The Calgary Flames announced today that they’re done trying to bilk hundreds of millions of dollars from the city to pay for a new arena, again suggesting that they’re ready and willing to relocate if that’s what it takes to get a new stadium that they don’t have to fund themselves—unless, that is, citizens speak up and voice their despair and anguish over the city’s unwillingness to gift the team’s billionaire owners a stadium. Commissioner Gary Bettman suggested that right now—six weeks from a mayoral election with the potential to oust two-term-incumbent Naheed Nenshi, who has consistently shot down the Flames’ attempts to grab public money—would be a good time for the people to speak up:
Flames CEO and president Ken King stood beside Bettman at the announcement today, saying that the team’s owners would no longer be working with the city to secure a new arena in Calgary. This comes three months after president of hockey operations Brian Burke claimed that the team would be ready to relocate if they didn’t get their way, and more than a year after a city analysis of the stadium proposal revealed that the project could cost up to $1.8 billion, with taxpayers expected to provide two-thirds of that.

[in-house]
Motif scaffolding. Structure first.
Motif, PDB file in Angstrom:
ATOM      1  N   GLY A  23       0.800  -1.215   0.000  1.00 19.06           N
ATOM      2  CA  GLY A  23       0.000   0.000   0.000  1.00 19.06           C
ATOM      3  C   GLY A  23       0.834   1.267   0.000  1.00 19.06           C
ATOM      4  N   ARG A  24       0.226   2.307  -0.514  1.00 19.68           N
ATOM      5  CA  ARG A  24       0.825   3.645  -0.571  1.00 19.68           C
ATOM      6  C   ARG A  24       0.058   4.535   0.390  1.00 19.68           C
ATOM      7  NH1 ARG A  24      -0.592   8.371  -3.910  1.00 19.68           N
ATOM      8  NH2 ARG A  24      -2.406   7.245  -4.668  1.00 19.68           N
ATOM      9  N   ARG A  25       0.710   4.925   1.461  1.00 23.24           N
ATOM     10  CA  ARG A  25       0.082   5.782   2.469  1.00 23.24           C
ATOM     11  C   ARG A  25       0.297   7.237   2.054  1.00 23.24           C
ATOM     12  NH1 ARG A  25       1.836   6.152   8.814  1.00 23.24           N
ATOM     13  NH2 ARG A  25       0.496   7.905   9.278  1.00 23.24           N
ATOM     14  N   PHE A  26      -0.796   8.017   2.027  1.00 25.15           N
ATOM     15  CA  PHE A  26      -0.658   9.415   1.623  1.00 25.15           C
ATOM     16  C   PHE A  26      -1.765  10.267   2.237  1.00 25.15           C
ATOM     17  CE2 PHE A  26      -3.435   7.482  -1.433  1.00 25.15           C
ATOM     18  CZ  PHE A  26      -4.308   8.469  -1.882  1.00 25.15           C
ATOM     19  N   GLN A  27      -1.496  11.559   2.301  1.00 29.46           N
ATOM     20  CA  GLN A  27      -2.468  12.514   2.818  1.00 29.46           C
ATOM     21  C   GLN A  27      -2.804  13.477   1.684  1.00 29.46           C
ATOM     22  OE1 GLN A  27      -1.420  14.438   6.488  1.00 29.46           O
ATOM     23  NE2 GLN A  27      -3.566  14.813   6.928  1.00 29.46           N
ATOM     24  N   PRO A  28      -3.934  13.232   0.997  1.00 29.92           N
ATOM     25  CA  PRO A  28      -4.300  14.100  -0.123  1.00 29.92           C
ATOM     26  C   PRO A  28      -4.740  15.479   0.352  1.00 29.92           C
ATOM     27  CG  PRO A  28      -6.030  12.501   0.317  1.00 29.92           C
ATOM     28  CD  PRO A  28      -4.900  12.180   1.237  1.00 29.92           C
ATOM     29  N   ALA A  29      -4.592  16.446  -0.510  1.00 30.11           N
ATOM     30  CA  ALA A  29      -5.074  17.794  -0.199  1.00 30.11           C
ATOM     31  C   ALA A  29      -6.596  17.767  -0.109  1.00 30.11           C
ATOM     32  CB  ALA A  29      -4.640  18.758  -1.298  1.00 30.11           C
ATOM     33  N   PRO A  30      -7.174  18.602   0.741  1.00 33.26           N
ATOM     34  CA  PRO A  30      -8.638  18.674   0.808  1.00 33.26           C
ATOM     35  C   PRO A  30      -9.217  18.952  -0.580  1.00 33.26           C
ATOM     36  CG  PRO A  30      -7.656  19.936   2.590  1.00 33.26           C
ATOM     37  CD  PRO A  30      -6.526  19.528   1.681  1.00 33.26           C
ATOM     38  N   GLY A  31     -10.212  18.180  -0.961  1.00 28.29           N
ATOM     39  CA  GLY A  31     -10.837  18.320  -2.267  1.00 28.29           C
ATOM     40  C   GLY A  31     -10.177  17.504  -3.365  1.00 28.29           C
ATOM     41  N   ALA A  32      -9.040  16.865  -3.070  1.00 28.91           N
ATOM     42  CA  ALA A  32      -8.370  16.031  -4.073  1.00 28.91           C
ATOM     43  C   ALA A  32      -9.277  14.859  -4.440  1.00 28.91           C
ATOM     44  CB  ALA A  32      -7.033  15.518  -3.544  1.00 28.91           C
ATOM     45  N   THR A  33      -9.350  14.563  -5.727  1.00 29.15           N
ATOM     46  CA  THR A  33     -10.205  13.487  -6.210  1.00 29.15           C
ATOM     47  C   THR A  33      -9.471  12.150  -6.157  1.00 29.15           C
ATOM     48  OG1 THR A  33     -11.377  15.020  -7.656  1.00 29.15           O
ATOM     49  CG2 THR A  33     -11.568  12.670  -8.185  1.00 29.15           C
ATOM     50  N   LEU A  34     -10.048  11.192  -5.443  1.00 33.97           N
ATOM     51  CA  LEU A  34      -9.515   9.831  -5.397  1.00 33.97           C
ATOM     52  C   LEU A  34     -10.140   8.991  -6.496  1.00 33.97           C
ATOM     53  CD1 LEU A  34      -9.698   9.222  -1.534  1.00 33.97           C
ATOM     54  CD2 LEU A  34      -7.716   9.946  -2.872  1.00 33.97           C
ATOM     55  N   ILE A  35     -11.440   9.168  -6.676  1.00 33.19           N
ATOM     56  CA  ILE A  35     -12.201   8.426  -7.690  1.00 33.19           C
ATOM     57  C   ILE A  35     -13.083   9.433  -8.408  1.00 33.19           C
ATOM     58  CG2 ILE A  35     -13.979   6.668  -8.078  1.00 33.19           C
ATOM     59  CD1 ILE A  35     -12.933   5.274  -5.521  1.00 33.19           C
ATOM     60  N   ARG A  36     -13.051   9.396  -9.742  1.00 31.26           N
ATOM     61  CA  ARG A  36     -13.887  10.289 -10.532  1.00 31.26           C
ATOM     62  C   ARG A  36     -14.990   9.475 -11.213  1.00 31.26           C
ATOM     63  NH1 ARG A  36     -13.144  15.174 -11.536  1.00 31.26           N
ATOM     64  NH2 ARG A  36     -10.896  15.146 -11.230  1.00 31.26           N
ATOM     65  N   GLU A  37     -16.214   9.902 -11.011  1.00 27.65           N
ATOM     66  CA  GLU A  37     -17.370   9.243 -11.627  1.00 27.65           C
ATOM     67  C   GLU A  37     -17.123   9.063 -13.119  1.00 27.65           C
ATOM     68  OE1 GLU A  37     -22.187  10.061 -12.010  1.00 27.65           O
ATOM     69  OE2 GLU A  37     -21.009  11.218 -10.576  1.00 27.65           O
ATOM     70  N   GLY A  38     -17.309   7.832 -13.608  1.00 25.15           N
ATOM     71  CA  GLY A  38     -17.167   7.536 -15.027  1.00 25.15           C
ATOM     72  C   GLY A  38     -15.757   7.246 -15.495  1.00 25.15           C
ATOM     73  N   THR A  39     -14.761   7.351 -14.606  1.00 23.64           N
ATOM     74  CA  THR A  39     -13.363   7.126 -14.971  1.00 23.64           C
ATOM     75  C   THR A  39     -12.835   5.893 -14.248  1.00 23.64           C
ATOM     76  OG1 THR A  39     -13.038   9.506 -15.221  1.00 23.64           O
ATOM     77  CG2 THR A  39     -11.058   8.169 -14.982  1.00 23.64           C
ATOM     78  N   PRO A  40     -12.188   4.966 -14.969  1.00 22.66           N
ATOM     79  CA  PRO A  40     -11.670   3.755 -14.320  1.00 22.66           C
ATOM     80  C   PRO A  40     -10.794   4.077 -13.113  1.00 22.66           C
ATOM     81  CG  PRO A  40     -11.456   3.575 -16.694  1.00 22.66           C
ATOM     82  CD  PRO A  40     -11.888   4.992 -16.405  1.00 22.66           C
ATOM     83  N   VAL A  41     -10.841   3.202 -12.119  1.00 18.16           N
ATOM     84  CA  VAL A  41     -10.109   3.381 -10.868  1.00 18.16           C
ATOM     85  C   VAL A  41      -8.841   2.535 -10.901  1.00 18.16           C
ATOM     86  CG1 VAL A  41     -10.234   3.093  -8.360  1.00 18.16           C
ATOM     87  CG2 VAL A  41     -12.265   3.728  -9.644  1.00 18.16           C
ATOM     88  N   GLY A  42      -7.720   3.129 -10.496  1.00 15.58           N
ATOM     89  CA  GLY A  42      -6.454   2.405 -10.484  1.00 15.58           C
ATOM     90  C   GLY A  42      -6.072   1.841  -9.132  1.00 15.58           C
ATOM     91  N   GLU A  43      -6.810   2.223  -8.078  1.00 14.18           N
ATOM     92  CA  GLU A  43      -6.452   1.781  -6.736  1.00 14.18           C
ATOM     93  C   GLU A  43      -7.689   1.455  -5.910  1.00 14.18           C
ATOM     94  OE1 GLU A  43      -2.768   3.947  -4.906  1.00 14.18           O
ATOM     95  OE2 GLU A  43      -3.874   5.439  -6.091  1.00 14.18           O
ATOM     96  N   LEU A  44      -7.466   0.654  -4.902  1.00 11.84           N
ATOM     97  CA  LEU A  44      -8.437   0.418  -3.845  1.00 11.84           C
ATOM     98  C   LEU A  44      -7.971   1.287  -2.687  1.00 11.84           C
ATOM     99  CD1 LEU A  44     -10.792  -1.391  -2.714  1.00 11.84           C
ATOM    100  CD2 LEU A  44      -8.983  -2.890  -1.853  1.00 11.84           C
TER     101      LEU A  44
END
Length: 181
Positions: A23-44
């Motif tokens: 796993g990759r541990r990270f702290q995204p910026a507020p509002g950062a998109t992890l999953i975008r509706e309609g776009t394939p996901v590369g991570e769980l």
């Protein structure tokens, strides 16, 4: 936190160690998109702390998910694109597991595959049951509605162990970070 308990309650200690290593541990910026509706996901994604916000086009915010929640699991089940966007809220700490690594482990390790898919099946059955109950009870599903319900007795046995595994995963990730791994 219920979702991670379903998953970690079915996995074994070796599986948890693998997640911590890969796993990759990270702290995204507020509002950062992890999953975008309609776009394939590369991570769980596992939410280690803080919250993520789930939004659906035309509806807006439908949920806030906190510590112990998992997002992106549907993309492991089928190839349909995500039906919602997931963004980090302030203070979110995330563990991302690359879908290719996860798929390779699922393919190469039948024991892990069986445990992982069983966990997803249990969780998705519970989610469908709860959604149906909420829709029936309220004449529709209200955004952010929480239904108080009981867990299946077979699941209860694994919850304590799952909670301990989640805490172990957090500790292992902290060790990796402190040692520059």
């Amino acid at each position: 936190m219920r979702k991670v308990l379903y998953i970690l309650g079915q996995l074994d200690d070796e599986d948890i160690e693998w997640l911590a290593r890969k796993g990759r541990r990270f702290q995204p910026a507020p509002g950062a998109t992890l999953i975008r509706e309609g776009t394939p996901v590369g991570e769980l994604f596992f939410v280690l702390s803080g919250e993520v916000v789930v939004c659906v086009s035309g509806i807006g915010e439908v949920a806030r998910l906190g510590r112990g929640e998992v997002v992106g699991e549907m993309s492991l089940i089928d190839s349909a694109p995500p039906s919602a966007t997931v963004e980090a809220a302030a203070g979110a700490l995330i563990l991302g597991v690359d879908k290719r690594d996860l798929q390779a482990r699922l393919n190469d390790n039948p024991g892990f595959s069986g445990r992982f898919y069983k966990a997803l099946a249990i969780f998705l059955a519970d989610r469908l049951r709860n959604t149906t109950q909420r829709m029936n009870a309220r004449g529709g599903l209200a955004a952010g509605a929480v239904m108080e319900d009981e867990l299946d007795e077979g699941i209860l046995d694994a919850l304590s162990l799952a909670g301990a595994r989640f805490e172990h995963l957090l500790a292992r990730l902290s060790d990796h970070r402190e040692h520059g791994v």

King and Bettman were far less explicit with the threat of relocation today than Burke was earlier this summer—with King maintaining that they’re not actively shopping around for a new home—but the two certainly didn’t rule it out:
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A reminder: Flames co-owner N. Murray Edwards has a net worth estimated at $2.2 billion and is the 14th-richest Canadian.